So far, it has been a typical hot summer in the South. We had temperatures near 108 degrees in June and July, but, with a low relative humidity, the heat index was a degree or two lower in most areas.
Invariably, it seems I hear the same arguments over weather discrepancies. One fellow says his thermometer in his car reads 112 degrees and another fellow says his reads 115 degrees. Each guy is suffering to his own degree, so to speak. The actual temperature is only about 102 degrees, but who can feel the difference? When you’re in the feed and seed store and the refrigerated air is set at a frigid 72 degrees, it’s hard to tell the difference between 95 and 105 degrees!
It is always fun when friends, who work in offices, stop by for a visit while I’m working in the garden. I tour them through what’s growing for a few minutes then offer them some water indoors. When they step inside and sit at the kitchen table, they usually comment on how cool it is compared to outdoors. I tell them it is 20 degrees cooler than it is outside and they are usually satisfied until they figure out it is 82 degrees inside. It’s at that point they recall the time in early spring when the outside temperature was 82 degrees and they turned on the air conditioning in their home. They begin to perspire. It’s funny how a body reacts to one’s perspective of relativity. Conditioning your body and mind are very important for dealing with extreme temperatures. If you begin the warm-weather season (on the first 80-degree day) by turning on the air conditioning, it may take a colder setting to keep you comfortable when the temperatures hit 100!
Let’s explore some helpful herbal aids that might help you survive the hot weather.
The most important thing to do when enjoying the sunshine is to stay hydrated. Keeping the liquids going in faster than they go out is the best way to avoid heat-related illnesses. Now, I’m not talking about guzzling beers around the barbecue pit either. If you’re in the sun, avoid drinking alcohol beverages or at least limit your intake.
There’s nothing better for you to consume than plain old water. Let’s face it. When Mother Nature came up with humans, there were no fizzy pops to drink.
Flavored water is gaining popularity for folks who want to taste something. Unfortunately, some of the flavored waters on the market today contain preservatives, unnatural sweeteners and/or chemicals used on the plants used for flavors.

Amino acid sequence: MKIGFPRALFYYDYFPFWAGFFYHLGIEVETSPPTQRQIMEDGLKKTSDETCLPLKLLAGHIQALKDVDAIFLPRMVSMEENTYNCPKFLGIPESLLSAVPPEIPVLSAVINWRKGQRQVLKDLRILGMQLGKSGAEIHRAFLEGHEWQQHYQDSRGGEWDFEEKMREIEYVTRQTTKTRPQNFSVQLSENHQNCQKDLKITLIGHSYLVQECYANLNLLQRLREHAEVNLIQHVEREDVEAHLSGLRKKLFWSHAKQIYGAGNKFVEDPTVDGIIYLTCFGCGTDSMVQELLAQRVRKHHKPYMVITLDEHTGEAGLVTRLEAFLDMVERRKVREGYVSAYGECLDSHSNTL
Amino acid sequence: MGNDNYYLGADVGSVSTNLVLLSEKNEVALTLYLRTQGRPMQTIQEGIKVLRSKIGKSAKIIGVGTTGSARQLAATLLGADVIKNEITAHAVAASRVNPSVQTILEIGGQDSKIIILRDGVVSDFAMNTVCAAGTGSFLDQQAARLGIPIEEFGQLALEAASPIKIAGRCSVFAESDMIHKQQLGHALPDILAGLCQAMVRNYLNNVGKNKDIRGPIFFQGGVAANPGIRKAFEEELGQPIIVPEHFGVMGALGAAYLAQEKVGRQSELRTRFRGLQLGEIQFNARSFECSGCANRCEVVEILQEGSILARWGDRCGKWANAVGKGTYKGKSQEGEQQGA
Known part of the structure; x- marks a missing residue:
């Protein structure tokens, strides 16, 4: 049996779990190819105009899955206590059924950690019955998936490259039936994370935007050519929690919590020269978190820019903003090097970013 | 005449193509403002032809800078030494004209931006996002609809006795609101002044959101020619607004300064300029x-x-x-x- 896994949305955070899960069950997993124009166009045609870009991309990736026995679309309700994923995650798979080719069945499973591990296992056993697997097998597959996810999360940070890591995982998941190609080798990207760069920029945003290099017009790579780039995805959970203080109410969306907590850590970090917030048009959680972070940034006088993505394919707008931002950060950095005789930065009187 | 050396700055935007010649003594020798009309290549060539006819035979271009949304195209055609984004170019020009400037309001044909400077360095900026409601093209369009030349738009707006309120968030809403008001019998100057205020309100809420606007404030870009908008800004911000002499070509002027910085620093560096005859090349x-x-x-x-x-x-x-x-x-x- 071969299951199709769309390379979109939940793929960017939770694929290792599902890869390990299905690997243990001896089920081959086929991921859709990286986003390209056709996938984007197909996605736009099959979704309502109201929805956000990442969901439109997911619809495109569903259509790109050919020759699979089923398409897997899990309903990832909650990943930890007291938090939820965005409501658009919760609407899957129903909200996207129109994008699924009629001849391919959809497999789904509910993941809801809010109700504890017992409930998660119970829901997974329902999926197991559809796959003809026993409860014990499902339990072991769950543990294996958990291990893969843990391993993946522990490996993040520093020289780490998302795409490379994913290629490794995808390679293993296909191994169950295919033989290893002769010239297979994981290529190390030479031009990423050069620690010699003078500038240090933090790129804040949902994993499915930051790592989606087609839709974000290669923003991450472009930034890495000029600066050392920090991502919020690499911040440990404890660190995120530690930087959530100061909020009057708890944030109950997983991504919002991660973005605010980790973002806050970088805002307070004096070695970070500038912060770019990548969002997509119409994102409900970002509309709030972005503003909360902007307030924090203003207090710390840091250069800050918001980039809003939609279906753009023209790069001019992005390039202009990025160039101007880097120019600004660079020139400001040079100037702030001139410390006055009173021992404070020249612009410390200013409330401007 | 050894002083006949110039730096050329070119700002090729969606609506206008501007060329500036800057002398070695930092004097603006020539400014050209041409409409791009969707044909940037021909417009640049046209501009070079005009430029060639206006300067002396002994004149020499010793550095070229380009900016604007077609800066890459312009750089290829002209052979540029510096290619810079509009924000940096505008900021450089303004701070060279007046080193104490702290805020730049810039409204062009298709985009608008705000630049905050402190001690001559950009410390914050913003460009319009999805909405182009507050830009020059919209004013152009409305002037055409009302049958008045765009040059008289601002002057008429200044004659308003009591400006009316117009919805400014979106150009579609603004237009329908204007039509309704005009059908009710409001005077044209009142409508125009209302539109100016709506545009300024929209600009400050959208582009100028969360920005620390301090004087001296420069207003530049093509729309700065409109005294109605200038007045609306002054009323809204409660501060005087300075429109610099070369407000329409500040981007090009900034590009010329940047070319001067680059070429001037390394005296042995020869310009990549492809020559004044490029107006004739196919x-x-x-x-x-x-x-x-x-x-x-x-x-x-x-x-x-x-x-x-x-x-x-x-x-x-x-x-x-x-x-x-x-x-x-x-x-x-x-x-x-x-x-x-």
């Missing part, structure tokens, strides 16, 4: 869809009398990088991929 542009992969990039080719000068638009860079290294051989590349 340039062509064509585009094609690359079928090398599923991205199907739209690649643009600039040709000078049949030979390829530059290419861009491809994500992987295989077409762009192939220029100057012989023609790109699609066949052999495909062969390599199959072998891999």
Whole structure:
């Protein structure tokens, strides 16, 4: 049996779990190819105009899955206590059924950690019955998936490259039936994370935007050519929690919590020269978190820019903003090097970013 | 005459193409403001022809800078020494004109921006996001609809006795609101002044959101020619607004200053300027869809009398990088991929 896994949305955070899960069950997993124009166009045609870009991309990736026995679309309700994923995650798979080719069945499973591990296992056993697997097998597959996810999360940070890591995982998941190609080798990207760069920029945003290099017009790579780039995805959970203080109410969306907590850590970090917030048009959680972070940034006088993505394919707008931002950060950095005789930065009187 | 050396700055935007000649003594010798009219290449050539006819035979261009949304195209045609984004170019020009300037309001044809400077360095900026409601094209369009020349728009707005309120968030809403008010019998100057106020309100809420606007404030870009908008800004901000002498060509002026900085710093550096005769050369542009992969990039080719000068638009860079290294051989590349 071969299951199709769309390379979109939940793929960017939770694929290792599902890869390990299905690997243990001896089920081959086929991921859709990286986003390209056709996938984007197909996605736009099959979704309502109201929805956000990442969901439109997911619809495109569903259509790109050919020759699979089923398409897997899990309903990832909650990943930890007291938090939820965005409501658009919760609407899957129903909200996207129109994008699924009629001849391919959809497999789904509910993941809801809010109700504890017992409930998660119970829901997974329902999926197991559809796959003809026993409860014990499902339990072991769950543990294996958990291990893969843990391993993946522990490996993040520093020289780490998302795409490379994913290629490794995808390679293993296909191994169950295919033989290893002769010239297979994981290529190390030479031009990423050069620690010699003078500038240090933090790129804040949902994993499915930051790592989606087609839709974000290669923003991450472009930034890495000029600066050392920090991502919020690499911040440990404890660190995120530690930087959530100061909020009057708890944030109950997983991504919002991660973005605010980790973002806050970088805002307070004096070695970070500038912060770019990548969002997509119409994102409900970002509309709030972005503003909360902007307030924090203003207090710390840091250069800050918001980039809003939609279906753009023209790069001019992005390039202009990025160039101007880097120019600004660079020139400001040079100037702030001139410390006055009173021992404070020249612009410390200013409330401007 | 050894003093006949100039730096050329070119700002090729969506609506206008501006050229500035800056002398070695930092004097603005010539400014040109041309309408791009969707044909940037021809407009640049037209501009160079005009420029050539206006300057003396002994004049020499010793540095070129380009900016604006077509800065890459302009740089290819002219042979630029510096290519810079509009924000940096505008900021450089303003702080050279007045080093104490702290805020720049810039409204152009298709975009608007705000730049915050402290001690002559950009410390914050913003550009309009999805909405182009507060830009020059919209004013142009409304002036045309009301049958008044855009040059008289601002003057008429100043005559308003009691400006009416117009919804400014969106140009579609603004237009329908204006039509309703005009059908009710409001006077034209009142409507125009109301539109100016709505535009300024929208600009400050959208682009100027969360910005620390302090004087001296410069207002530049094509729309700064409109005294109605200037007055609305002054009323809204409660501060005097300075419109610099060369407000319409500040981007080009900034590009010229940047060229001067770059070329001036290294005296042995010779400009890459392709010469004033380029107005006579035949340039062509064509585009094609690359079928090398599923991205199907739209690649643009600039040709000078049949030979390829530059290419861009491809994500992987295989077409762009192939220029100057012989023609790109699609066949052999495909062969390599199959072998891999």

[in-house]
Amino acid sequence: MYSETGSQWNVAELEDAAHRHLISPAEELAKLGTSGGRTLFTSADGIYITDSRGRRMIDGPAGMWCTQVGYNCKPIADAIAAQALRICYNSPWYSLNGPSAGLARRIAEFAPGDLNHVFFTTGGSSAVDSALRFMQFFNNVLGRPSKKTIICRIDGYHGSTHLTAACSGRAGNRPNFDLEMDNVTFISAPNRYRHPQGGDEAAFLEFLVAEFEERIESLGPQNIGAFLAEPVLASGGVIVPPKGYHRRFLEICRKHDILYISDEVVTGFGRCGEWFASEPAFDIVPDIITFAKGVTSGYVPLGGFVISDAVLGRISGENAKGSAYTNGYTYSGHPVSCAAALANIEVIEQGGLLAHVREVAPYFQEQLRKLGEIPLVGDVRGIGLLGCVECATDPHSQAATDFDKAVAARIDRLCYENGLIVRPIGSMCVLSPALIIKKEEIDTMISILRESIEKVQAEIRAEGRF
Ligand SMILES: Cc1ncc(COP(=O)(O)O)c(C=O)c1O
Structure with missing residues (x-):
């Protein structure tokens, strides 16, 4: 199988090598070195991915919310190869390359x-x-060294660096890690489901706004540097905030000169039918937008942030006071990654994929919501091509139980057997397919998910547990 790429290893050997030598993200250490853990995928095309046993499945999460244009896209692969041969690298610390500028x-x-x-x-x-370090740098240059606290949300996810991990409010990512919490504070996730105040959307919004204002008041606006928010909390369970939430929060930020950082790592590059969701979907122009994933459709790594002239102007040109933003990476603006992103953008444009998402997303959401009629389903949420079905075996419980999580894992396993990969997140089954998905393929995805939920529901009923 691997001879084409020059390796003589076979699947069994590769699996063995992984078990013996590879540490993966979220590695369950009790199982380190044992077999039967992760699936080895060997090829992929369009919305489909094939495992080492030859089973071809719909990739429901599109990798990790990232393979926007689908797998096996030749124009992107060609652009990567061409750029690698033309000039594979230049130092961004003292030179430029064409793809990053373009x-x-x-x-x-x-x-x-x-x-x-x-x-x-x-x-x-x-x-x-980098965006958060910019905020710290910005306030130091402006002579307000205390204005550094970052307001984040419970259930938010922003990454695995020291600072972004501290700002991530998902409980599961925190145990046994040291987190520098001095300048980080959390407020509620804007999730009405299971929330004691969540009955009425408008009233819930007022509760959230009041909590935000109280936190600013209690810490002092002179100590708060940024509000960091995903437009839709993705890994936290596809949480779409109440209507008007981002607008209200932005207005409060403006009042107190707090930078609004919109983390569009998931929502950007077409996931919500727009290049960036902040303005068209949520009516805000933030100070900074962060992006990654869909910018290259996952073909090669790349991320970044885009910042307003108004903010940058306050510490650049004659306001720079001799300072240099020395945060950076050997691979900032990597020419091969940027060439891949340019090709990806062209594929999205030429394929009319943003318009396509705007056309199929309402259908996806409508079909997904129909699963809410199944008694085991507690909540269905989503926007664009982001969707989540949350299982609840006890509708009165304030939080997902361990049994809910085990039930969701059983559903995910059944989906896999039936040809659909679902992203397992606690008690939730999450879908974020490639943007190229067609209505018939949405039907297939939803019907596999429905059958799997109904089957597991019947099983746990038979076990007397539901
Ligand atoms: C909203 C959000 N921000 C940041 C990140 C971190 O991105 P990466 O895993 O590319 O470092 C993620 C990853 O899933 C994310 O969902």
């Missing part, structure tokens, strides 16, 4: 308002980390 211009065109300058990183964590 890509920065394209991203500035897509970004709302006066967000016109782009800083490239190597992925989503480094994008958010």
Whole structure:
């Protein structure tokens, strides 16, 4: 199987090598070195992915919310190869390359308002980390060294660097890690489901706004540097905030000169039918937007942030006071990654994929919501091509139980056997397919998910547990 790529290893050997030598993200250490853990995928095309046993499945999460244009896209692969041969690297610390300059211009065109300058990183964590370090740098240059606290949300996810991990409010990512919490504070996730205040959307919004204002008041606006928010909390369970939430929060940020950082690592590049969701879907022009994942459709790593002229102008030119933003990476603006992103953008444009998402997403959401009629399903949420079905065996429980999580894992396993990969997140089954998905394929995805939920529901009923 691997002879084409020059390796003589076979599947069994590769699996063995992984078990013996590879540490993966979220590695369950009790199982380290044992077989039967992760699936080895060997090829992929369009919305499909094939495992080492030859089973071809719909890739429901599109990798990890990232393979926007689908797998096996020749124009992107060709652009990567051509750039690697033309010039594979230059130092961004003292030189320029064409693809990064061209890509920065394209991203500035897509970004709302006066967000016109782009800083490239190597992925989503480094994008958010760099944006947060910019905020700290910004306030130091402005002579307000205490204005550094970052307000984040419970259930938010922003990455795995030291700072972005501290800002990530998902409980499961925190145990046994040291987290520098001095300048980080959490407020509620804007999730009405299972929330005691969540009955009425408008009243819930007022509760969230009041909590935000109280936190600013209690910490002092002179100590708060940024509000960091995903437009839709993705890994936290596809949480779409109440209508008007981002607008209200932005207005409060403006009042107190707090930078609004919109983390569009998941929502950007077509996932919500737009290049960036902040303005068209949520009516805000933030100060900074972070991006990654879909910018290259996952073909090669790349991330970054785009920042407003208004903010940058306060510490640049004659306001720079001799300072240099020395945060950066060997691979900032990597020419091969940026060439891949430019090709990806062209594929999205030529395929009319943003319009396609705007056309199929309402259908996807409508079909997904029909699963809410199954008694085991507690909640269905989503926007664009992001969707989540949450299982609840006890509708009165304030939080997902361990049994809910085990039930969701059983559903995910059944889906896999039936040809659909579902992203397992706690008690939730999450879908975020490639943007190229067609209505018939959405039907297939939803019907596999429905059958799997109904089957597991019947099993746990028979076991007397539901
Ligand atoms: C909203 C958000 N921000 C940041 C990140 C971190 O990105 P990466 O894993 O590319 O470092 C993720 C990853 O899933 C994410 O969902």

If you want your drinking water flavored, then do it yourself with picks from the garden. The simplest quick flavor to add is mint (Mentha sp.). Just plain old mint steeped in a pitcher of iced water for an hour or two while you work in the heat is a refreshing treat when you take a break.
Mint water can be the base for other flavor additions like cucumber. Borage and salad burnet have a mild cucumber-like flavor and the flowers from borage are naturally sweet and make an attractive presentation in clear stemware.
The refreshing flavor of cucumber from the actual fruit (vegetable) is another tasty base for adding another flavor to your water. Cucumber is one of those fresh flavors that blends well with all citrus fruit flavors and most other fruits as well.
Anything lemon works well for flavoring water. Lemongrass, lemon balm…and how about lemons? Simply putting the zest of a large lemon into a pitcher of iced water for a couple of hours will add a refreshing mild flavor to your summertime refreshment.
Lemon zest, orange zest and thinly-sliced cucumbers with mint leaves in iced water make a tasty beverage to cool you down on a hot August day.
Watermelon has got to be the fruit of the Southern gods. You just cannot have a summer barbecue without an ice-cold watermelon. Watermelons have a high water content (about 90 degrees) as well as about 6 percent sugar. Watermelons are rich in vitamin C, beta carotene and other phyto-chemicals like lycopene.
Eat it straight or drink it. Watermelon has long been used in Chinese herbal medicine to treat urinary tract infections and hypertension. Xi gua, as it is known in Chinese herbal medicine, helps the body cool down naturally.
As a drink, watermelon is one of my favorite summertime heat remedies. Take a watermelon and remove the coarse rind. Puree the rest in a blender until it is mostly liquid. Chill the drink until it is ice cold. Drink it!
Another way to enjoy your summertime watermelon is to strip the red (or yellow) flesh for snacking and strip the inner rind from the outer rind. Steep the white rind in a stock pot full of refrigerated iced water for a few hours. Sweeten, if you like. You can use cane sugar, honey or crushed Stevia leaves.
Finally, I want to share a recipe for a great thirst-quenching drink perfect for these hot August afternoons in the garden when you want something that is tasty, hydrating and energy boosting.
Last month, on the Fourth of July, a good friend brought me a couple of quarts of fruit water. I don’t quite know the absolute history behind it and I am sure the recipe is relative to taste, but it is delicious. I call it "Jessi and Gordo’s Light Nectar."
In a large pot (8-quart stockpot), dissolve four cups of sugar into three quarts of water. Add the flesh of one honeydew melon (chunked), four oranges (pulp and juice only) and 16 ounces of strawberries. Using a hand held mixer, completely puree the contents. Strain the mixture into pitchers or storage containers. Taste for sweetness desired. Serve ice cold. Man, that stuff really gets me going on a hot summer day!
FYI: Jessi and Gordo’s Light Nectar is a great party mixer with gin, vodka, arack or tequila.
Remember to stay hydrated in the summer heat. I’ll be back in September with more herbal tips.
Until then, watch your salt and sugar, drink plenty of pure water, and breathe in and out!
Thanks for reading!
Be sure to find me on Facebook at: "Herb Farmer-The Herb Farm."
As always, check with an expert, like your doctor, before using any herbal remedy.